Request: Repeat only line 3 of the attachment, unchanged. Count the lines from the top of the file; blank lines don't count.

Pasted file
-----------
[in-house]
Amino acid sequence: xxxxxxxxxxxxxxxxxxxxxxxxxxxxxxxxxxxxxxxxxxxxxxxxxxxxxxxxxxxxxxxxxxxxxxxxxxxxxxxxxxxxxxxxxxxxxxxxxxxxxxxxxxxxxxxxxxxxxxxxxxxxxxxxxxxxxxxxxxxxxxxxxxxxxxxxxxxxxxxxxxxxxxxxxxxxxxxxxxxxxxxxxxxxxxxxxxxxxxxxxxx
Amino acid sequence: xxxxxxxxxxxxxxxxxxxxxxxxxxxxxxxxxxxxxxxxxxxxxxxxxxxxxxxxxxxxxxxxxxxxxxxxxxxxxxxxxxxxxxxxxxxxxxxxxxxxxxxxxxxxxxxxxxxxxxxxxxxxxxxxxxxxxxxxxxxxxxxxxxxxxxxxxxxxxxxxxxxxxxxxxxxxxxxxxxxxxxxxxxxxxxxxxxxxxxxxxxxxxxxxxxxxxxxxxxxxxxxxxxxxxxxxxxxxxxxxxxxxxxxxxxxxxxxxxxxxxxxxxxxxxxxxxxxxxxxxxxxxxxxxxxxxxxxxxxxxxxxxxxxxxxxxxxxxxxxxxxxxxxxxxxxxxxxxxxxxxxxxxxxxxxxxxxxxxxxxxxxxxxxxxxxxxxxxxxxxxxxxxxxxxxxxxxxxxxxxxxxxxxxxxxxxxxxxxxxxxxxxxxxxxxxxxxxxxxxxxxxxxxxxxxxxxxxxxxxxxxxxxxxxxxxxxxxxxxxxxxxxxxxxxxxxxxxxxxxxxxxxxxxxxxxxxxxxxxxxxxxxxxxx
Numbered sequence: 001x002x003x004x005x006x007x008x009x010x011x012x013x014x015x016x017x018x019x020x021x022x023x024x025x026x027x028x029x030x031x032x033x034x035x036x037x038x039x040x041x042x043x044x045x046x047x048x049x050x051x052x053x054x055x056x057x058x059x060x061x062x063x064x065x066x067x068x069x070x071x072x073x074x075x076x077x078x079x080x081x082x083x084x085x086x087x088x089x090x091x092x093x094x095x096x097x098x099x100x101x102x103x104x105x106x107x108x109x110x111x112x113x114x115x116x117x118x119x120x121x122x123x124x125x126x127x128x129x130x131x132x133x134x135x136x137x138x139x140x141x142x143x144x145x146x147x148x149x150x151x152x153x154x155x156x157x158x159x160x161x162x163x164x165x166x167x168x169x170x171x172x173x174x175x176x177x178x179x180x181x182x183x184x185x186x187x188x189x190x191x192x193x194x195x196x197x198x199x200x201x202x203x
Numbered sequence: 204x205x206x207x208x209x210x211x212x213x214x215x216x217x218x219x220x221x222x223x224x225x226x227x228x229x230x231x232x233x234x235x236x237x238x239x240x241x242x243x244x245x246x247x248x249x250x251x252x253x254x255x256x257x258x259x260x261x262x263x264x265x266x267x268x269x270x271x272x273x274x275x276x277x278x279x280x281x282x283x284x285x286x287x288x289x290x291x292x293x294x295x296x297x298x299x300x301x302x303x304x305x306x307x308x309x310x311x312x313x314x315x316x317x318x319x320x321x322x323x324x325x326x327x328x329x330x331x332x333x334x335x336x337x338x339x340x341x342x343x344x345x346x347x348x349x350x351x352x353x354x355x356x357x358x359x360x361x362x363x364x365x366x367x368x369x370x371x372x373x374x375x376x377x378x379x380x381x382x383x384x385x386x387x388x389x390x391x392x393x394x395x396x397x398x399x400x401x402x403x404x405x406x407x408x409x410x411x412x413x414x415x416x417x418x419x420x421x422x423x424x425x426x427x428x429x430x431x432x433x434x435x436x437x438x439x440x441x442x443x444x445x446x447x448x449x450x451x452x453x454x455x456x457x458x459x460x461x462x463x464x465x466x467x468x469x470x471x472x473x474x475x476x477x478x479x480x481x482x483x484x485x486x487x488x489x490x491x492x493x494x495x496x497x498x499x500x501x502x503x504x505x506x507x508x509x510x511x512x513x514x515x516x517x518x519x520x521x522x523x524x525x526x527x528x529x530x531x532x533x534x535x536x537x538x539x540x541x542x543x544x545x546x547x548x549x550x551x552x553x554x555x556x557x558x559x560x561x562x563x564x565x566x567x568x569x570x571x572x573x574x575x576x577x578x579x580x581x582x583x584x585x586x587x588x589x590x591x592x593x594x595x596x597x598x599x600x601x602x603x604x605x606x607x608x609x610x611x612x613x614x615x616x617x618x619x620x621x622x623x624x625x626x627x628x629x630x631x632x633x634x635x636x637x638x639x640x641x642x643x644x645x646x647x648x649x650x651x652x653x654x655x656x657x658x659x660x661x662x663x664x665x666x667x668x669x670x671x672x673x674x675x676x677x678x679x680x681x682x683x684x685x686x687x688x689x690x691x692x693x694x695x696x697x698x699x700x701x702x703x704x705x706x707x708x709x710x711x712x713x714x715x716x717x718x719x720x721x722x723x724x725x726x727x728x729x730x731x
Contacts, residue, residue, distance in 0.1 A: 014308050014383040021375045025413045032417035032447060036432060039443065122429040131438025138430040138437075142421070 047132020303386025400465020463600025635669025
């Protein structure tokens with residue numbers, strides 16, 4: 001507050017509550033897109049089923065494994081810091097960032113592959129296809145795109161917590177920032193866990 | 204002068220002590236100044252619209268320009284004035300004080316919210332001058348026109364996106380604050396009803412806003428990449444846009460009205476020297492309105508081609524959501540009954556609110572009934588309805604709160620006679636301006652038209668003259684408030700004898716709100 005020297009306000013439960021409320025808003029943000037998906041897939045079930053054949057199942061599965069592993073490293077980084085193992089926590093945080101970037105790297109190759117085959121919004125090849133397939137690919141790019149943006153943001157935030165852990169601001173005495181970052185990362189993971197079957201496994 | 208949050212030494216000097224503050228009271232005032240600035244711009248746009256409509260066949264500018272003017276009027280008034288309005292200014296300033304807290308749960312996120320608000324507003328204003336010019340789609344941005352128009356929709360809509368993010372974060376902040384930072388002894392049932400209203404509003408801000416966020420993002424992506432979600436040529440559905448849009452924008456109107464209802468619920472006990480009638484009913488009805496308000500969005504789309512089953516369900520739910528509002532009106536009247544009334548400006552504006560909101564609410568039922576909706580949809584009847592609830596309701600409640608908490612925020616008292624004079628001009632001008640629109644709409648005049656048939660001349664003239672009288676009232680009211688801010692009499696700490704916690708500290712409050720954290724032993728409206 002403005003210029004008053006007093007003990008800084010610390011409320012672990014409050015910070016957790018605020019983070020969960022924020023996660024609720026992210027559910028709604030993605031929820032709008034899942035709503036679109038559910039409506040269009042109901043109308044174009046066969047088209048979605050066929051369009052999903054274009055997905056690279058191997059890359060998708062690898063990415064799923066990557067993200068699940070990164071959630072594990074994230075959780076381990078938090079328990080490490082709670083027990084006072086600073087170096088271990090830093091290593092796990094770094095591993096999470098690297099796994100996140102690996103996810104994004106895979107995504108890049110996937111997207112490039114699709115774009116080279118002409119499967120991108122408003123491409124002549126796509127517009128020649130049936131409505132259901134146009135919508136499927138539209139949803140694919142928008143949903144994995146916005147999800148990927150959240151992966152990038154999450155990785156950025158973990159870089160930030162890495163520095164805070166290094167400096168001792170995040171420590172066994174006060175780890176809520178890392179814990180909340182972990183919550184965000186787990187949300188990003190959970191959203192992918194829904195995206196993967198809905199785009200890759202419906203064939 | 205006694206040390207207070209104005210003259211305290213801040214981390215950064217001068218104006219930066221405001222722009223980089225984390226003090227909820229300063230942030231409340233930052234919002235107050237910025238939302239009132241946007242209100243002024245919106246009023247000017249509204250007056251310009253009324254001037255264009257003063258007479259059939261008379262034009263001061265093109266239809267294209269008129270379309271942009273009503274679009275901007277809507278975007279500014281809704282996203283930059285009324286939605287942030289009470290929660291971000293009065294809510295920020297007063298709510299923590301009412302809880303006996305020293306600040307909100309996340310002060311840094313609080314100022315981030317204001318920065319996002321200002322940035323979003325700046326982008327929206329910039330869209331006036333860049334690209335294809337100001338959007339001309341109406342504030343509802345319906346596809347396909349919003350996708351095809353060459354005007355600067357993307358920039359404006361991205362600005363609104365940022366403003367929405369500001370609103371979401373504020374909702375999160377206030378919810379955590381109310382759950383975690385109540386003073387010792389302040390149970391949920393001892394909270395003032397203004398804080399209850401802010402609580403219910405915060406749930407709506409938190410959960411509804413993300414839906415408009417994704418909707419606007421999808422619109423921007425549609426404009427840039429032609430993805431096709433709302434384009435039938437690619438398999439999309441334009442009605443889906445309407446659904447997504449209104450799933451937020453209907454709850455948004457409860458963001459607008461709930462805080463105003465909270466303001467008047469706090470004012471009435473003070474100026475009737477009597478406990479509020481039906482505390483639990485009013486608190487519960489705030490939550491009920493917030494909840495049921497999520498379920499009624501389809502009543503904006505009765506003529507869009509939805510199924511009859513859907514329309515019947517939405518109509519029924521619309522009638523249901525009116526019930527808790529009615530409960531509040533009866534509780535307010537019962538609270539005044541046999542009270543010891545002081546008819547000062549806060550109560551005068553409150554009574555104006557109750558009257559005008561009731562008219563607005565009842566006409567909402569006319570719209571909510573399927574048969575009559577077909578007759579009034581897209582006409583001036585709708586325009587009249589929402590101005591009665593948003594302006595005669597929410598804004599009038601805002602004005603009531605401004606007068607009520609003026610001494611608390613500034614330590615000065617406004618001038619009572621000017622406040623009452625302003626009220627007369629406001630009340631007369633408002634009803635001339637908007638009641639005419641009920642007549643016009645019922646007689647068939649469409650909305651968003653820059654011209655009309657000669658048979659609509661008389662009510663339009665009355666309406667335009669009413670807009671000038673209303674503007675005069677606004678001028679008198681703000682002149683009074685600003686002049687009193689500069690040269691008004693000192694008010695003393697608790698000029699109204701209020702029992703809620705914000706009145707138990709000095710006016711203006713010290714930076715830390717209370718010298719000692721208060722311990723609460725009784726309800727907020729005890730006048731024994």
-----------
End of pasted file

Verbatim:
Amino acid sequence: xxxxxxxxxxxxxxxxxxxxxxxxxxxxxxxxxxxxxxxxxxxxxxxxxxxxxxxxxxxxxxxxxxxxxxxxxxxxxxxxxxxxxxxxxxxxxxxxxxxxxxxxxxxxxxxxxxxxxxxxxxxxxxxxxxxxxxxxxxxxxxxxxxxxxxxxxxxxxxxxxxxxxxxxxxxxxxxxxxxxxxxxxxxxxxxxxxxxxxxxxxxxxxxxxxxxxxxxxxxxxxxxxxxxxxxxxxxxxxxxxxxxxxxxxxxxxxxxxxxxxxxxxxxxxxxxxxxxxxxxxxxxxxxxxxxxxxxxxxxxxxxxxxxxxxxxxxxxxxxxxxxxxxxxxxxxxxxxxxxxxxxxxxxxxxxxxxxxxxxxxxxxxxxxxxxxxxxxxxxxxxxxxxxxxxxxxxxxxxxxxxxxxxxxxxxxxxxxxxxxxxxxxxxxxxxxxxxxxxxxxxxxxxxxxxxxxxxxxxxxxxxxxxxxxxxxxxxxxxxxxxxxxxxxxxxxxxxxxxxxxxxxxxxxxxxxxxxxxxxxxxxxxxxx